Pernicious Anaemia Society
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B12 dangerous???

Took my Autistic daughter with Pernicious Anemia to a NEW doctor yesterday. We live in the USA. The doctor is a specialist in Gastroenterology and immunology. She spent two hours with us and listened to our story. When I told her that we did loading doses for 7days she was shocked! She said the primary doctor was doing something very experimental and it could be dangerous?? Can't tell you exactly what her reasoning was but something about if other levels are off and you are putting too much B12?? I did get alittle nervous😆 She did get us an appt with a genetics specialist and she is doing a endoscopy and colonoscopy in April.

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She might have the information a bit backwards in her mind. A person does need to have good levels of folate, iron, and potassium when getting B12 so that everything works together optimally. And it is possible to become dangerously low in potassium when high doses of B12 are administered. But plenty of foods are potassium rich and as long as her levels are being monitored it really isn't a problem. The part that your doctor might have gotten backwards involves folate.

There is a recommendation that, if a patient shows indicators for megaloblastic anemia, doctors should not immediately supplement folate because the deficiency may be B12. Giving folate to a patient who is really B12 deficient may appear to correct the anemia but it won't stop neurological damage that is caused by B12 deficiency. However, if a patient is deficient in both folate and B12, it is ok to supplement both at the same time.

I'm in the US also and I have not found there to be any sort of generally accepted practice involving loading doses here. It seems like most of the doctors I've encountered have been out of their depth on the subject of B12 injections. At this point, I tend to simply expect that I will have to educate any new doctors I encounter on the topic. You will probably have to do that also.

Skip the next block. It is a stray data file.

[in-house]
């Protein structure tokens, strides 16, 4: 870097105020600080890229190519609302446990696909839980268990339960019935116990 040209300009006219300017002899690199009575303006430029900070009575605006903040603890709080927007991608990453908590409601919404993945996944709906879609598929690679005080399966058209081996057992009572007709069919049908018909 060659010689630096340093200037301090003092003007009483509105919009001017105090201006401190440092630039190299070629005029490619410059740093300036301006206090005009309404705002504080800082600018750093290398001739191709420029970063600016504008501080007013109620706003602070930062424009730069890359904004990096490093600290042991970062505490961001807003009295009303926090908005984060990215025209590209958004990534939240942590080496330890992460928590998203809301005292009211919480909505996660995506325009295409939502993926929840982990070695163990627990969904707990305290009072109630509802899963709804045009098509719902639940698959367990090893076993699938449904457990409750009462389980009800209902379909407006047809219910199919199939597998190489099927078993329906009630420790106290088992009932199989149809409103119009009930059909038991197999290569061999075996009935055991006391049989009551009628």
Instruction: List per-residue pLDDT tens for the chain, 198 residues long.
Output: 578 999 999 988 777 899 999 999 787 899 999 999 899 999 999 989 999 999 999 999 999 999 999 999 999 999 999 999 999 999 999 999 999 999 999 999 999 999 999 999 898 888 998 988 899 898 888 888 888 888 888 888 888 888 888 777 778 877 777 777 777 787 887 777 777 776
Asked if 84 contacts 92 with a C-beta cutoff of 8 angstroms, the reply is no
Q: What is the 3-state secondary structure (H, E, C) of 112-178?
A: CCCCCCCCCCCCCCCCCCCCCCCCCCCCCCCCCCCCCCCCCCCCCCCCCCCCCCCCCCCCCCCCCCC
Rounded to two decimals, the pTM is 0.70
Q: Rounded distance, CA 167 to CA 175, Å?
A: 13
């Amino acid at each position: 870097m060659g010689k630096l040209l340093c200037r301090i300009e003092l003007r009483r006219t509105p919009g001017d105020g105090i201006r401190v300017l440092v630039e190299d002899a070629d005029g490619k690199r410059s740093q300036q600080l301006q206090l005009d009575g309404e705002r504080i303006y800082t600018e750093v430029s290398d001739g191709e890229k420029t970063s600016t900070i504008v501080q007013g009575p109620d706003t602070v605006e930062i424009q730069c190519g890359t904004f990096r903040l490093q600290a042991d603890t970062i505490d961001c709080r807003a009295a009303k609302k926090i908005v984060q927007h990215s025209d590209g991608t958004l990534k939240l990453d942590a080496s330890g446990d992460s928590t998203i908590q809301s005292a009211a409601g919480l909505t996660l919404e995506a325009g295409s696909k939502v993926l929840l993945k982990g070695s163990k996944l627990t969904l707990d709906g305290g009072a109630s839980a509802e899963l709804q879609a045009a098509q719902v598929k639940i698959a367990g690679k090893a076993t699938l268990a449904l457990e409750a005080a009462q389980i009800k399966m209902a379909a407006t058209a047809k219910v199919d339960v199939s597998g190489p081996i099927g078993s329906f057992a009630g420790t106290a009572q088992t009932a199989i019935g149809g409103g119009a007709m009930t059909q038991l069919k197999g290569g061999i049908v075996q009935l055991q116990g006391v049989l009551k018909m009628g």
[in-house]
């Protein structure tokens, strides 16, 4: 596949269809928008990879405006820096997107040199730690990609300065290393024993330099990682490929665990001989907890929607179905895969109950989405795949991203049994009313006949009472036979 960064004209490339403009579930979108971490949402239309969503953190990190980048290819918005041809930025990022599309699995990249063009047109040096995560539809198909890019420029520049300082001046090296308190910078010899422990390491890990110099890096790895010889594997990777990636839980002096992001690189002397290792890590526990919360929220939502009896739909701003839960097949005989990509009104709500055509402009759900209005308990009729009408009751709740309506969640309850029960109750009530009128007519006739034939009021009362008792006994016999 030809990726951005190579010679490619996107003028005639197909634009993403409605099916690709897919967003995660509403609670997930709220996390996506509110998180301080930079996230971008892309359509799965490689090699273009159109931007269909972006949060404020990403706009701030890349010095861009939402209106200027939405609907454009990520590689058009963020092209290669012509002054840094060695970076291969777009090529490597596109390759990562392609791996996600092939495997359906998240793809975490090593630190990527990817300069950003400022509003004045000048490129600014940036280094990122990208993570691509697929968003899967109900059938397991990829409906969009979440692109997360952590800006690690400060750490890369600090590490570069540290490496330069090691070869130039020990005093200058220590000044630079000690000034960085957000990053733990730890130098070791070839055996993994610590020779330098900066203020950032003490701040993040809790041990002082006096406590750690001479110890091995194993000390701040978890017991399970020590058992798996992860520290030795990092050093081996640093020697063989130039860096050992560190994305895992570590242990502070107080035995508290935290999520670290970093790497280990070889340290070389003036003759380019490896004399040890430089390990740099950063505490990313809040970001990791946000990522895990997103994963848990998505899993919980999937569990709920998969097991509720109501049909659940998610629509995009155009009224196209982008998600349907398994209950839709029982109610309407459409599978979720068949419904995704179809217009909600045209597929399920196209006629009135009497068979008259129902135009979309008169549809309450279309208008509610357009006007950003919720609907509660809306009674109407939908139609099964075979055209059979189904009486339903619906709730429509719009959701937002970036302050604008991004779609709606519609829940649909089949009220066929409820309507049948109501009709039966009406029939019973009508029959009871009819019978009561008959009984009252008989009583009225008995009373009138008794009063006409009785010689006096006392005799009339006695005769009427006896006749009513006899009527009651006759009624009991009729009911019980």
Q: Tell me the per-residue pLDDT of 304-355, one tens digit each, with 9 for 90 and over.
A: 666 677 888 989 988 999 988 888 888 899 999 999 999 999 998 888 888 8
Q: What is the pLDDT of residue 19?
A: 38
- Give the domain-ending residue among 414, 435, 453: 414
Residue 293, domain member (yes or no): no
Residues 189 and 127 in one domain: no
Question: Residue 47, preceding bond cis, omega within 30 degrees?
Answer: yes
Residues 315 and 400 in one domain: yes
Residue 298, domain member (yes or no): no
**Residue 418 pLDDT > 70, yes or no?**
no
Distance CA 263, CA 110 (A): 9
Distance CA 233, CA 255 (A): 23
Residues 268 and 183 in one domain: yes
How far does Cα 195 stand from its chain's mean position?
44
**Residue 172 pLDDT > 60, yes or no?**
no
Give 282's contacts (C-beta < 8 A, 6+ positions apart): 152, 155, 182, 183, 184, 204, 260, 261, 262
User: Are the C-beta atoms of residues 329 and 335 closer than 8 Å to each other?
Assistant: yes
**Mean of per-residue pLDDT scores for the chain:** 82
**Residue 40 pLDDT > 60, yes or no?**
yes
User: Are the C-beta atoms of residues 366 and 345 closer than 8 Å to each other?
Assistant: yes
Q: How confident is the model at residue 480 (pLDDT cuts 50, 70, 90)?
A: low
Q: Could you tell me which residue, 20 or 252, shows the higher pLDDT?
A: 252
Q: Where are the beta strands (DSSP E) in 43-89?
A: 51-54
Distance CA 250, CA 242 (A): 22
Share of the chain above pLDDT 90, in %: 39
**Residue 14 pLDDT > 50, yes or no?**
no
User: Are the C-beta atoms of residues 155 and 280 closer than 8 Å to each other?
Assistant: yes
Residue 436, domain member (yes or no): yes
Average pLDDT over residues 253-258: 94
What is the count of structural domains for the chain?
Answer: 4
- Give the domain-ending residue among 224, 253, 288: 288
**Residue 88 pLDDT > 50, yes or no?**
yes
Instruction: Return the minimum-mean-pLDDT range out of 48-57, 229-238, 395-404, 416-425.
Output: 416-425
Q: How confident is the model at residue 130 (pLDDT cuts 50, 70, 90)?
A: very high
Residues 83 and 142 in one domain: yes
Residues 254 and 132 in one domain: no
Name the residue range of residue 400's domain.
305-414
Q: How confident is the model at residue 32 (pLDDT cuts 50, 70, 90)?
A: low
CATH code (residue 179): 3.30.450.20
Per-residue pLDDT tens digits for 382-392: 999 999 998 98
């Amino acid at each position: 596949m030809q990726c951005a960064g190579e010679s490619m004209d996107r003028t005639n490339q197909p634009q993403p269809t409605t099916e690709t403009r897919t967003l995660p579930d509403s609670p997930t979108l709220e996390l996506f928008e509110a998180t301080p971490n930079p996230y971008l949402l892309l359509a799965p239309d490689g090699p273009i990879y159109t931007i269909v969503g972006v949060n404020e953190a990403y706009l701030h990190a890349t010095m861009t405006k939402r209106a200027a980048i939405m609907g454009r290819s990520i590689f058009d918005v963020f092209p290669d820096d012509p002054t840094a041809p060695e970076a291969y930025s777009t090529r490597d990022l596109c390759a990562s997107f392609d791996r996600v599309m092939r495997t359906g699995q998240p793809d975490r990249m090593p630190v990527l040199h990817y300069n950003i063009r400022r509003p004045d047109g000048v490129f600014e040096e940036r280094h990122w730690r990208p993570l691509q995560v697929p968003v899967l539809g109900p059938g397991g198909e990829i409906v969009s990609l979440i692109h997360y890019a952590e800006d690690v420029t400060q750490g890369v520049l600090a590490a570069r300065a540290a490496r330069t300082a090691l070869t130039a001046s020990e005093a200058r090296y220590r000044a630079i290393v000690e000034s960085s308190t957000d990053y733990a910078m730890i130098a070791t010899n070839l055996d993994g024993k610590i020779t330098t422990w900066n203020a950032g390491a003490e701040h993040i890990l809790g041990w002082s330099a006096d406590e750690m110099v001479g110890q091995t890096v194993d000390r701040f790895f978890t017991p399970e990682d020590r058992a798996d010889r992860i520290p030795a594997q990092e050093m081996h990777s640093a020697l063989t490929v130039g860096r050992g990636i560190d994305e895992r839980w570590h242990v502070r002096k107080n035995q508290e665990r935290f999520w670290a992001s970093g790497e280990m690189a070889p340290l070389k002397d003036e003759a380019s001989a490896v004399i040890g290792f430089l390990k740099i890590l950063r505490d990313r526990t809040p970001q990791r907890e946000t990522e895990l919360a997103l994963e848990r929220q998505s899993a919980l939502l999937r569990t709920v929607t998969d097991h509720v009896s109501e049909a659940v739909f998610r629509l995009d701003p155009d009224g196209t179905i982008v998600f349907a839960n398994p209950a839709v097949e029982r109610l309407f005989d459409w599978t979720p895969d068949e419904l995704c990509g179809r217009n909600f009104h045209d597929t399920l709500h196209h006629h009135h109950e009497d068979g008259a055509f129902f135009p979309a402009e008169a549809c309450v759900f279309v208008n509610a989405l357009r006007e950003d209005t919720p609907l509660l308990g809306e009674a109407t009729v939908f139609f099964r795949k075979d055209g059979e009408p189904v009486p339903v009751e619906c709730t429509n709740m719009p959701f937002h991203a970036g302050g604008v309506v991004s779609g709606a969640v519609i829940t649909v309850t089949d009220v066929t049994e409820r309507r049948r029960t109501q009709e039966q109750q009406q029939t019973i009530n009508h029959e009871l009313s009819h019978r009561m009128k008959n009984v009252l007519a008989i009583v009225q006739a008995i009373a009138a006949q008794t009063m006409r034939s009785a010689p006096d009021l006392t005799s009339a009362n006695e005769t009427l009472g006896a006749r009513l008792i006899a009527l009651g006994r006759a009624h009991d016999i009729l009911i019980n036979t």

I'm in UK.

Have you read the book "Could It Be B12? - An Epidemic of Misdiagnoses" by Sally Pacholok and JJ. Stuart? The authors are american.

It has a chapter that mentions possible connections between b12 deficiency and autism.

There is also a paediatric version of the book "Could It Be B12? Pediatric Edition: What Every Parent Needs to Know"

B12 Awareness website (USA website)

PAS (Pernicious Anaemia Society)

PAS is based in UK but has members from around the world ranging in age from toddlers to 80 plus.


PAS tel no +44 (0)1656 769 717

Martyn Hooper, the chair of the PAS has published several books about PA and B12 deficiency. His latest is "What You Need to Know About Pernicious Anaemia and Vitamin B12 Deficiency"

There are 2 PAS support groups in USA.



Also in the Pacholok book, on page 223 it discusses the old treatment protocol for treatment of B 12, which does include seven daily loading doses, followed by weekly injections for four weeks, followed by monthly injections. This is how my doctor in Massachusetts treated me when I was first diagnosed. I think this is actually a well established treatment protocol in the US. There are suggestions that this should be changed, which are discussed in the same chapter, but I think many doctors still follow this plan.


Thank you for the info! Made me feel better that you also did loading doses. I will definitely invest in the book. This has been a very long ordeal for my daughter and it is hard with her limited communication. If you don't mind me asking, do you feel well getting one shot a month? And what were your symptoms?

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The book is an excellent investment. One shot a month for me does not seem to be enough. When I was doing them more frequently, I definitely felt better. I just saw my doctor today and we discussed it. She had actually asked me to do a trial of 2000 mcg oral B12/day, and I was miserable. My main symptom is muscle twitches throughout my body, mostly in my legs. They aren't painful, but I feel that if I was getting enough B12, they might improve. I also had fatigue, general achiness and foggy thinking, but thought it was just my age. I'm advocating for injections every week or every 2 weeks. I have learned to self inject, so it's really just a matter of cost and whether or not the insurance will cover more frequent injections. My doctor was open to whatever I feel works, so she gave me an injection today and I left her with a bunch of articles to read, and we will reconnect after I see the neurologist in 10 days. I think the best thing you can do is learn as much as you can. My doctor was very willing to say there is a lot she doesn't know, and she is willing to learn and open to info, but I know that's not always the case. If you plan to advocate for your daughter, it is best to learn as much as possible so you can make a good argument. If you haven't found them already, the pinned posts on the right of the home page for this forum are an excellent start, and then as you read, you may find other resources and articles. Good luck!


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